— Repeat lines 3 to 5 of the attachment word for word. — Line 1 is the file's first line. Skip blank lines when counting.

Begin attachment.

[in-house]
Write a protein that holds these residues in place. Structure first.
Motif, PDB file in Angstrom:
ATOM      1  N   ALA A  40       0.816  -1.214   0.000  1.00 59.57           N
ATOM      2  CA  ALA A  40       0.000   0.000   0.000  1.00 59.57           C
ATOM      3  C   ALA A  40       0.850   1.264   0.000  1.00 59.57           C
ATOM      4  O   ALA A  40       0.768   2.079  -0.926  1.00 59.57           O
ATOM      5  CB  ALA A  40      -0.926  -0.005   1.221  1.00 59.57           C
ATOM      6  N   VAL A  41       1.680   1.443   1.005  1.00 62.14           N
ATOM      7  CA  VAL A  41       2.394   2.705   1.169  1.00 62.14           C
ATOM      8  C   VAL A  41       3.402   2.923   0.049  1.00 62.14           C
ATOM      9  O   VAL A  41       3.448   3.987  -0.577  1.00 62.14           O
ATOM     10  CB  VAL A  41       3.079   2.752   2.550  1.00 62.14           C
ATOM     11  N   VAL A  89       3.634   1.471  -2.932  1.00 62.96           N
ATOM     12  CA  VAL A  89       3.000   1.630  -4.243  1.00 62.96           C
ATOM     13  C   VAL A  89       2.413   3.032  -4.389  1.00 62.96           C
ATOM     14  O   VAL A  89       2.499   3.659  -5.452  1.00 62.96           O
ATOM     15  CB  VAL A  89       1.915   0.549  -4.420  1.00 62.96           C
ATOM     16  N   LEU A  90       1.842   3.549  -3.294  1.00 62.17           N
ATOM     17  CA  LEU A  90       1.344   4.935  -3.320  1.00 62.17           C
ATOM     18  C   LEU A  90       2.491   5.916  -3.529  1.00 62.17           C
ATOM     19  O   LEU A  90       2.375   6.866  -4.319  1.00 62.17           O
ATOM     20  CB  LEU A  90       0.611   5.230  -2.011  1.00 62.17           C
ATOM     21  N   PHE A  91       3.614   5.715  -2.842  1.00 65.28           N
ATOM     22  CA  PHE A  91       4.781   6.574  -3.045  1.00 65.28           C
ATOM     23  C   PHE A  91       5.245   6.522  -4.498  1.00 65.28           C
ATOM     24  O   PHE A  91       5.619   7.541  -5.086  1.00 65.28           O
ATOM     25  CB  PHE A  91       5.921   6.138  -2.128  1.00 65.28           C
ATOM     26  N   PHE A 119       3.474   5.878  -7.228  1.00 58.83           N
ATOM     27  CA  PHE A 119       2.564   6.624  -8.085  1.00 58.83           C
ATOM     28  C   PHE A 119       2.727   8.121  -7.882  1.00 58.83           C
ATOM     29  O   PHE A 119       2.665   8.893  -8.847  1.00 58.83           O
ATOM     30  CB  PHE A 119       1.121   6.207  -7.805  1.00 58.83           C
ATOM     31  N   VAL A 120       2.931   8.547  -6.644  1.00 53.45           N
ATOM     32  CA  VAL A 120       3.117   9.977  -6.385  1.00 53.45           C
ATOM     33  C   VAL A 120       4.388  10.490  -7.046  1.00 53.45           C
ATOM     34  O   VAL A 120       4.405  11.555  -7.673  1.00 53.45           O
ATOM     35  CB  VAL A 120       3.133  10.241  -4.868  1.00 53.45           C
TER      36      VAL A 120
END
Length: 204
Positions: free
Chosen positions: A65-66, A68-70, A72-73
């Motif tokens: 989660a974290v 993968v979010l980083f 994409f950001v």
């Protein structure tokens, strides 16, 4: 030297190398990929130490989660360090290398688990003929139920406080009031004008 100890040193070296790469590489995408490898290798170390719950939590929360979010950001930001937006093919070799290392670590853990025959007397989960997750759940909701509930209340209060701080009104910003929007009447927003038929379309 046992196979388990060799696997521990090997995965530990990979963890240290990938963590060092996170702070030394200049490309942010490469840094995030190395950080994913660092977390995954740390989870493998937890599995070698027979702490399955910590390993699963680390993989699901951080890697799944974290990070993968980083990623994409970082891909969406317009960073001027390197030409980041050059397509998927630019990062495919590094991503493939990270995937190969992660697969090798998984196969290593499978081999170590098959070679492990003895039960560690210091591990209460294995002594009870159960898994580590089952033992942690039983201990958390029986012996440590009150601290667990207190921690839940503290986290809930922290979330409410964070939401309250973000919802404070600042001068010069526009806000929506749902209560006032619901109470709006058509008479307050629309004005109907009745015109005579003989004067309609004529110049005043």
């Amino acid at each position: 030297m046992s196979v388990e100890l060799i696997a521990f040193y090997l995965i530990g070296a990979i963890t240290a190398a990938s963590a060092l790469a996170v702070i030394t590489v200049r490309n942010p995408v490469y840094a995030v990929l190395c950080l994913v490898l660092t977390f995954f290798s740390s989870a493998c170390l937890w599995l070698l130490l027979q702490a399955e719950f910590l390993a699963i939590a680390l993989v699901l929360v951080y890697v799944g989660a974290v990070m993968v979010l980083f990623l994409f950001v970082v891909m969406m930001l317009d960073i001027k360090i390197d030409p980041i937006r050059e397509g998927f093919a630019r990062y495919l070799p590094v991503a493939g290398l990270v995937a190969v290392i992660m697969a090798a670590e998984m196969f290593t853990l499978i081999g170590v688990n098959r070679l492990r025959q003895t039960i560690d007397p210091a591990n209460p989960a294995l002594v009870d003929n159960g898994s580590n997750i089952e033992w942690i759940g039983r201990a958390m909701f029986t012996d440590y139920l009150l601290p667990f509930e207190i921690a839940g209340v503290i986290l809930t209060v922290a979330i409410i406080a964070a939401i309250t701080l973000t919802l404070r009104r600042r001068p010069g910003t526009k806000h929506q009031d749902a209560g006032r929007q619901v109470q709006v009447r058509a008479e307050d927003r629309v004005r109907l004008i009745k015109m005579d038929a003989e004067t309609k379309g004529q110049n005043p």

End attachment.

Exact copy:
Motif, PDB file in Angstrom:
ATOM      1  N   ALA A  40       0.816  -1.214   0.000  1.00 59.57           N
ATOM      2  CA  ALA A  40       0.000   0.000   0.000  1.00 59.57           C